“35. In relation to the identification of interconnected clients, every institution should have in place a robust process for determining connected clients, although practical difficulties may arise in determining interconnections for all the exposures of an institution, in particular regarding economic dependencies. Notwithstanding this, an institution must be in a position to demonstrate to its competent authority that its process is commensurate to its business. In addition, the process should be subject to periodic review by institutions to ensure its appropriateness. Furthermore, institutions should also monitor for changes to interconnections, at least in the context of their periodic loan reviews and when substantial expansions of the loan are planned.
36. It is important to note that institutions need to have information on all entities forming a ‘chain of contagion’ to be able to correctly identify groups of connected clients. If there are interconnections among group members the institution has no business relation with (and thus has not collected any information with regard to possible interconnections), the correct identification of a group of connected clients might not be possible. However, if an institution becomes aware of such interconnections via entities outside its clientele (e.g. by press statements), it needs to incorporate this information in its grouping practice.”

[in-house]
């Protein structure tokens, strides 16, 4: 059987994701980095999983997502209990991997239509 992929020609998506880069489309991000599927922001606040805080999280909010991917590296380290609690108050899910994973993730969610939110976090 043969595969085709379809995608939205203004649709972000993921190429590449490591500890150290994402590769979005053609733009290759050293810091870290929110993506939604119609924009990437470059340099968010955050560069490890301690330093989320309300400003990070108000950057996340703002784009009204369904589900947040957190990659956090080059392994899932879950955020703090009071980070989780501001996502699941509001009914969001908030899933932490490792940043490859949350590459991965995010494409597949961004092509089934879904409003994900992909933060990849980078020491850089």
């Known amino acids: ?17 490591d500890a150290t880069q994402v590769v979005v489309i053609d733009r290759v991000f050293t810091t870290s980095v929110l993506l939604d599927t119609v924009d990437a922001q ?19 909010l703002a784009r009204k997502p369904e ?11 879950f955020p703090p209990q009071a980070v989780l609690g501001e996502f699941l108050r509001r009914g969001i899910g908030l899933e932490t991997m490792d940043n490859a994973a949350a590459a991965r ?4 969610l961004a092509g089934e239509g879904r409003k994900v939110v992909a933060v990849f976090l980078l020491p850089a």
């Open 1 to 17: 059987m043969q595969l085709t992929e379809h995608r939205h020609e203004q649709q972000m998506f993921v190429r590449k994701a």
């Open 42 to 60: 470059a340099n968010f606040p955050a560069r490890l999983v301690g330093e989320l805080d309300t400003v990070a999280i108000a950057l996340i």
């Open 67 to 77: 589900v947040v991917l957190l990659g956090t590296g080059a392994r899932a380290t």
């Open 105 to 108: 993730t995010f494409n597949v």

While this is partially feasible for a limited number of SME exposures and GCCs having annual loan review process, if transposed unmodified to the retail class it would affect also natural persons where such standard annual review process is not part of the current STD or IRB process accepted by the regulators. If the scope regarding the pure retail approach portfolios remains unclarified, the establishment of a regular annual review requirement on all retail exposures would lead to a massive increase of the necessary human and system resources, not fitting the scale and the retail process standards.
“37. It will rarely be possible to implement automated procedures for identifying economic interconnections; therefore, case by case analysis and judgement should be used.”